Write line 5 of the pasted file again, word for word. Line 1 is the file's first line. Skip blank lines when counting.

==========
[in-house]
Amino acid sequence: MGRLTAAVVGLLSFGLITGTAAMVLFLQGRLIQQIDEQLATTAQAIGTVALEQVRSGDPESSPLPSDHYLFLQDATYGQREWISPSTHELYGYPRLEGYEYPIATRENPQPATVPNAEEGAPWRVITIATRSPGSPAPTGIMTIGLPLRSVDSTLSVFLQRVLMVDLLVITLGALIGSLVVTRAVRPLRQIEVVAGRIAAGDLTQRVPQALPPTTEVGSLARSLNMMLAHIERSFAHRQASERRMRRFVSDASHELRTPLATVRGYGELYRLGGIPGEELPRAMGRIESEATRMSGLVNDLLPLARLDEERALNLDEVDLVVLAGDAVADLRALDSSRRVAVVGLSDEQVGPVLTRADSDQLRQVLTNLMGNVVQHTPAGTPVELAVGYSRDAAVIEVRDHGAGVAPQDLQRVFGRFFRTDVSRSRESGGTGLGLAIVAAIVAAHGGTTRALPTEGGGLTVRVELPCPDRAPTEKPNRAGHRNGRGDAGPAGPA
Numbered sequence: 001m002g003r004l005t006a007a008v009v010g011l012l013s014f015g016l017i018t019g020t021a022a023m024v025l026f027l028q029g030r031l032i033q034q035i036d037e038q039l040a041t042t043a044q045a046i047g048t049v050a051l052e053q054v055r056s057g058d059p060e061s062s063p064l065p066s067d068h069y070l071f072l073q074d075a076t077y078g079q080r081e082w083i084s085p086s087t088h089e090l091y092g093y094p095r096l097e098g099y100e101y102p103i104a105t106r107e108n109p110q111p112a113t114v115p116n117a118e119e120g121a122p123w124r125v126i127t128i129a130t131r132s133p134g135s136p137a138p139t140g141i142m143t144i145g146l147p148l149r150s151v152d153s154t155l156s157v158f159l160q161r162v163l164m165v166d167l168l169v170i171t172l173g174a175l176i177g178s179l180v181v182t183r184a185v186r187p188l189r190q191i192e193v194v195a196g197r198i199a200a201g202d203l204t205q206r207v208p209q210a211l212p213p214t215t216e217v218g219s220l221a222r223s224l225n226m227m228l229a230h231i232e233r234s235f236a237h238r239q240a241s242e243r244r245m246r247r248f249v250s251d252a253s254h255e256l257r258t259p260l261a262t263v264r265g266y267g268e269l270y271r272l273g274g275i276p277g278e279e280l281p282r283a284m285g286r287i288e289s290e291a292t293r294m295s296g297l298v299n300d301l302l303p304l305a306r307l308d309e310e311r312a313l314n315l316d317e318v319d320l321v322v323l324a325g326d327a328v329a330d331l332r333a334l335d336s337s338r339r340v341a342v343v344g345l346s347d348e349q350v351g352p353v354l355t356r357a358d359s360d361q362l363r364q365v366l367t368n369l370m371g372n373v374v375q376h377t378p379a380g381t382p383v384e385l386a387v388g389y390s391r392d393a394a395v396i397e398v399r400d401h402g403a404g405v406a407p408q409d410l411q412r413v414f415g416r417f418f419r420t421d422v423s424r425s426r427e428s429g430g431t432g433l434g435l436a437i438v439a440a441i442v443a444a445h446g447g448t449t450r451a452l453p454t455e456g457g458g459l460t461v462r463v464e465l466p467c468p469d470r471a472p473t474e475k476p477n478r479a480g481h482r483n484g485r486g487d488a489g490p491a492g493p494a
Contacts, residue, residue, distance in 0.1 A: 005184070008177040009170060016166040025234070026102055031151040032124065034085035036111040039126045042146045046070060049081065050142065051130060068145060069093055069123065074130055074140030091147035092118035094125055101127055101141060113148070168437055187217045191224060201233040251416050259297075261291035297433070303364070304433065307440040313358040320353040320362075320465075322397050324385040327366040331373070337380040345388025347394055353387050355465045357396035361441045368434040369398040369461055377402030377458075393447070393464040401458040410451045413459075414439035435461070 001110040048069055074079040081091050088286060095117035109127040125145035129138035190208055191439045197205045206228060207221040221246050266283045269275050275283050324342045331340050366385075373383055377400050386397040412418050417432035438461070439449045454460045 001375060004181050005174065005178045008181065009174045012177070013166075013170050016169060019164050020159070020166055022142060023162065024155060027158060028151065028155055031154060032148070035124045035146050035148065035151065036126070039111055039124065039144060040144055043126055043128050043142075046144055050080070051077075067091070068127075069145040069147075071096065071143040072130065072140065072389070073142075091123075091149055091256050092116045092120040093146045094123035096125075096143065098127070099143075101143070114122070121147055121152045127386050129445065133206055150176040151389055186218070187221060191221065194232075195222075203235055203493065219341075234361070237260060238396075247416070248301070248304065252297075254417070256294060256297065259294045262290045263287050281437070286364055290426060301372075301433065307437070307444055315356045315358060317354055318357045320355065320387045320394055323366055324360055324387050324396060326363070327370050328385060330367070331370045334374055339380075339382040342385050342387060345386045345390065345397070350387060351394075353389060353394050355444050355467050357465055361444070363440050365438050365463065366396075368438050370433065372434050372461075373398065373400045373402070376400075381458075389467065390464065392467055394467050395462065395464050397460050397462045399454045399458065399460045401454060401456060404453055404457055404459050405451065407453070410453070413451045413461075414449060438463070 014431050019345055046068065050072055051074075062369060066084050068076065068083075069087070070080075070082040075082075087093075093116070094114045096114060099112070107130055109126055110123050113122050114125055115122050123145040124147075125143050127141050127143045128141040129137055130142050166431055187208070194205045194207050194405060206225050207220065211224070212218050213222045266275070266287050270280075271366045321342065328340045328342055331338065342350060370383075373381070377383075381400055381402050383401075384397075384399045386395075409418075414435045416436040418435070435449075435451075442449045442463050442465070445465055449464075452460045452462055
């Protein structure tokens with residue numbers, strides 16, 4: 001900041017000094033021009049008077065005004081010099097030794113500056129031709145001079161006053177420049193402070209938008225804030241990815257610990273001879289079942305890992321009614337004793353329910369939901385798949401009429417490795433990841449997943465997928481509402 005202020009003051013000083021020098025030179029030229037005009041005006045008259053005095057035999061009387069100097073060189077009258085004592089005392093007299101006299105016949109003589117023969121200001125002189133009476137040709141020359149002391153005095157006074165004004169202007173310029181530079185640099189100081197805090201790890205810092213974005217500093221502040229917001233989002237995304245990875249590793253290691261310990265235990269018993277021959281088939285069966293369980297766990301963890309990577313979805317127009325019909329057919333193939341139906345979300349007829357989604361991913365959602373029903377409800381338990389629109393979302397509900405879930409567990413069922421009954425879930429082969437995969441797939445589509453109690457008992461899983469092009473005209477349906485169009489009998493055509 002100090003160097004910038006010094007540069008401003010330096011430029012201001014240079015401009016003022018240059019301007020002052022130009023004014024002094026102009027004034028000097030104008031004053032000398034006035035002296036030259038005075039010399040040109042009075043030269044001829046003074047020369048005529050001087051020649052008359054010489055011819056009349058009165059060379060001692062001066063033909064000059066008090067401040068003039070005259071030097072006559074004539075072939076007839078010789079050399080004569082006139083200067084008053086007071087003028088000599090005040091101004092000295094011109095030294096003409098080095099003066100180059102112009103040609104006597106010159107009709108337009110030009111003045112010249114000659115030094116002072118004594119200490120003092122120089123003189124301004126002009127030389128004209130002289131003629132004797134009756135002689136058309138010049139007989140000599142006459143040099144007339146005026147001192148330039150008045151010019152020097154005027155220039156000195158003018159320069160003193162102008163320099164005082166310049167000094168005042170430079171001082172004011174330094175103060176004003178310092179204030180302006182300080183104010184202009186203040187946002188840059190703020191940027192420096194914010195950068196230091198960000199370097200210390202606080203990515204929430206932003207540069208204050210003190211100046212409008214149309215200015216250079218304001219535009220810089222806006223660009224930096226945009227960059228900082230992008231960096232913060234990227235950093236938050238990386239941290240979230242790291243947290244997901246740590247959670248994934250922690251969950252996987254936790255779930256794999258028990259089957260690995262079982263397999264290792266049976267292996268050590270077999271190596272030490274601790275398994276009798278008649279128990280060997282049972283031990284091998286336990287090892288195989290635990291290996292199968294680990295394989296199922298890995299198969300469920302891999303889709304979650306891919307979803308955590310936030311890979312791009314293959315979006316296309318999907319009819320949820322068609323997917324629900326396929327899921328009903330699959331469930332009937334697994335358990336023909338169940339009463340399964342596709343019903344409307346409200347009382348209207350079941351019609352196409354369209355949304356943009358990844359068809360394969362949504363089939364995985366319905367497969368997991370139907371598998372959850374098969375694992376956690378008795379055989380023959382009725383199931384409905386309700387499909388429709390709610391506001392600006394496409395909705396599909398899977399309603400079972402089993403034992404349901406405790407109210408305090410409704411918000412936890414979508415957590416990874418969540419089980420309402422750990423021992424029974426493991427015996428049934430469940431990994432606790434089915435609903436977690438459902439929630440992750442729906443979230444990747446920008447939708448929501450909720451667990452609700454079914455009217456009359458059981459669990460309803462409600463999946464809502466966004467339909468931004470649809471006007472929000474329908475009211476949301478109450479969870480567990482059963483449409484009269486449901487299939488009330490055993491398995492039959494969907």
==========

């Protein structure tokens with residue numbers, strides 16, 4: 001900041017000094033021009049008077065005004081010099097030794113500056129031709145001079161006053177420049193402070209938008225804030241990815257610990273001879289079942305890992321009614337004793353329910369939901385798949401009429417490795433990841449997943465997928481509402 005202020009003051013000083021020098025030179029030229037005009041005006045008259053005095057035999061009387069100097073060189077009258085004592089005392093007299101006299105016949109003589117023969121200001125002189133009476137040709141020359149002391153005095157006074165004004169202007173310029181530079185640099189100081197805090201790890205810092213974005217500093221502040229917001233989002237995304245990875249590793253290691261310990265235990269018993277021959281088939285069966293369980297766990301963890309990577313979805317127009325019909329057919333193939341139906345979300349007829357989604361991913365959602373029903377409800381338990389629109393979302397509900405879930409567990413069922421009954425879930429082969437995969441797939445589509453109690457008992461899983469092009473005209477349906485169009489009998493055509 002100090003160097004910038006010094007540069008401003010330096011430029012201001014240079015401009016003022018240059019301007020002052022130009023004014024002094026102009027004034028000097030104008031004053032000398034006035035002296036030259038005075039010399040040109042009075043030269044001829046003074047020369048005529050001087051020649052008359054010489055011819056009349058009165059060379060001692062001066063033909064000059066008090067401040068003039070005259071030097072006559074004539075072939076007839078010789079050399080004569082006139083200067084008053086007071087003028088000599090005040091101004092000295094011109095030294096003409098080095099003066100180059102112009103040609104006597106010159107009709108337009110030009111003045112010249114000659115030094116002072118004594119200490120003092122120089123003189124301004126002009127030389128004209130002289131003629132004797134009756135002689136058309138010049139007989140000599142006459143040099144007339146005026147001192148330039150008045151010019152020097154005027155220039156000195158003018159320069160003193162102008163320099164005082166310049167000094168005042170430079171001082172004011174330094175103060176004003178310092179204030180302006182300080183104010184202009186203040187946002188840059190703020191940027192420096194914010195950068196230091198960000199370097200210390202606080203990515204929430206932003207540069208204050210003190211100046212409008214149309215200015216250079218304001219535009220810089222806006223660009224930096226945009227960059228900082230992008231960096232913060234990227235950093236938050238990386239941290240979230242790291243947290244997901246740590247959670248994934250922690251969950252996987254936790255779930256794999258028990259089957260690995262079982263397999264290792266049976267292996268050590270077999271190596272030490274601790275398994276009798278008649279128990280060997282049972283031990284091998286336990287090892288195989290635990291290996292199968294680990295394989296199922298890995299198969300469920302891999303889709304979650306891919307979803308955590310936030311890979312791009314293959315979006316296309318999907319009819320949820322068609323997917324629900326396929327899921328009903330699959331469930332009937334697994335358990336023909338169940339009463340399964342596709343019903344409307346409200347009382348209207350079941351019609352196409354369209355949304356943009358990844359068809360394969362949504363089939364995985366319905367497969368997991370139907371598998372959850374098969375694992376956690378008795379055989380023959382009725383199931384409905386309700387499909388429709390709610391506001392600006394496409395909705396599909398899977399309603400079972402089993403034992404349901406405790407109210408305090410409704411918000412936890414979508415957590416990874418969540419089980420309402422750990423021992424029974426493991427015996428049934430469940431990994432606790434089915435609903436977690438459902439929630440992750442729906443979230444990747446920008447939708448929501450909720451667990452609700454079914455009217456009359458059981459669990460309803462409600463999946464809502466966004467339909468931004470649809471006007472929000474329908475009211476949301478109450479969870480567990482059963483449409484009269486449901487299939488009330490055993491398995492039959494969907």